As I get older, many seemingly insignificant memories seem to fade, but there is always that juicy handful that sticks. I know exactly when I started The Fault in Our Stars, how much it meant to me and my friends, how joining the fandom felt like home, and I know exactly how it felt when Augustus died.
This book was and still is a solid foundation in my life. It aided in friendships and has helped in the way I view love and loss from a young age. There could not have been a better time for this book to be published; twelve was the age I needed this book. I am excited to take you through this personal journey of self-reflection as I ponder over this forever-meaningful novel.
Comfort in Belonging to Something
As a twelve-year-old, all you want is to feel like you belong. You want to know that you have a group of friends that like the same things you do, around people where you can be yourself. I was very lucky to have that, so when this novel was released, it was all any of us could talk about.
I don’t remember what I was reading, but I told myself that I was going to wait to read TFIOS until I could fully dedicate my time to it without distractions. Whatever I was doing took much longer than I thought, and by the time I was ready to read the book, all my friends had read it and discussed its climactic ending. They did their best to shield me from the truth, but it snuck its way into my ears. But no matter! I still needed to read it for myself.
So one day at DEAR (Drop Everything And Read), my friends and I were sitting on the beanbags by the computers. At this point, there was a copy of the novel floating between my friends, so when I expressed that I was ready, someone reached into their cubby and handed me the well-loved copy. Being the overly emotional girl I was, I was one page in when I started crying. I already knew the ending! I couldn’t help myself.
After I went through the turmoil of reading this novel, I was able to join my friends in its devotion. Some of these girls are still in my life, and the root of our friendship comes from obsessing over this novel. I have boxes and boxes of notes, birthday cards, and scraps of paper that contain snippets of my middle school experience; all of them revolving around Hazel and Augustus.
My friends and I were also big fans of one direction, another fandom we all could relate to. But there is so much comfort in belonging to something bigger than yourself, and being a part of the TFIOS fandom altered my twelve-year-old self forever.
First Experience of Real Love
The love John Green writes about is profound. I don’t know if I knew what anything of it meant but what I felt was real. You can feel their energy and attraction boiling off of the pages. It is palpable and the most real thing I am feeling at that moment.
This was the first real love story I had ever read. I grew up reading Harry Potter and other fanciful books that aided my daydreaming. But this… this was the most not fantasy book I had ever read. It totally changed my brain chemistry and opened me to a whole new world.
Being able to watch how much they cared about each other and how they finally both found someone who understand what they were going through. Watching how even through the pain, Augustus insisted that Hazel goes to Amsterdam using his wish and how he put his pain aside to comfort Issac when he lost his eyes. When Hazel came to his rescue at the gas station because he didn’t know who else to call or when Augustus snuck into Hazel’s hospital room just to hold her hand.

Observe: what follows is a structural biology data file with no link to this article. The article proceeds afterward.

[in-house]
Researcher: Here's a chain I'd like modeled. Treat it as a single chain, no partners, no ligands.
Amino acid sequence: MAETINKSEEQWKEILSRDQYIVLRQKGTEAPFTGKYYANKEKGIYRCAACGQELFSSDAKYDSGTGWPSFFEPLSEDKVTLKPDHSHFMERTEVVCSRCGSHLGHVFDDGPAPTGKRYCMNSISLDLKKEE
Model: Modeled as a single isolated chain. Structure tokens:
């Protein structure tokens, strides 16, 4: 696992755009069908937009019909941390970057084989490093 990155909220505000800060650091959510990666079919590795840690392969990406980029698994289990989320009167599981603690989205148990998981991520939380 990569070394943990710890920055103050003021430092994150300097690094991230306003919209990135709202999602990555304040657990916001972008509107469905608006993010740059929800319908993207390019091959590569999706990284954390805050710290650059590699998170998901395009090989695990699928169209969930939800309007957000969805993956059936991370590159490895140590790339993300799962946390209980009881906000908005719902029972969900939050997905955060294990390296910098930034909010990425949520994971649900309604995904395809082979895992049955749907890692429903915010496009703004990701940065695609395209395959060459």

The love they share has made my standards immensely high since I was twelve. How could I want anything other than this pure, real devotion in the midst of pain and uncertainty?
First Experience of Real Loss
When I tell you that when Augustus died, it felt like a person in my life had passed, I mean it wholeheartedly. I scared the living daylights out of my mother because as I reached his death scene, it was a culmination of things; their whole love story, which was at the forefront of my mind, and Hazel’s eulogy, which gets me every. damn. time. As I sit here thinking about how intense and aggravatingly painful yet beautiful her speech was to him, I could break down right now.
So when I read her eulogy for the first time and go to continue on to the next chapter, I am hit cruelly with the knowledge that he has passed. Bam. The first line of the chapter. No sugar coating it because that’s life, as the novel has taught its readers. I am overcome with a whirlwind of emotions, choking out sobs. I race to my mother’s room, crying the whole way, and I open her door and crumble to the floor.
I remember screaming that Augustus had died and she was genuinely concerned a friend of mine had passed and didn’t know how to handle the situation. Emotional and dramatic as I may be, I can’t think of the last time something has affected my whole body like that.
The story of my running and crying into my mother’s room over the death of a fictional character continues to be retold over the years. This goes back to what I said about the love in the novel; I don’t think I knew what it meant or why it hit me so hard, but I knew it was real and powerful. And as Augusts says, pain demands to be felt.
To put a cherry on top of it all, TFIOS still influences my life today! As I write this article now, I have already listened to two of the songs on the film adaptations soundtrack. It feels completely natural to me to fall back into love with this story as it is one that never gets old or overread. If you still have a copy lying around after ten years, it might be time for another heartwrenching reread.
Click here to read more about The Fault in Our Stars from us here at Bookstr!
FEATURED IMAGE VIA THE CINEMAHOLIC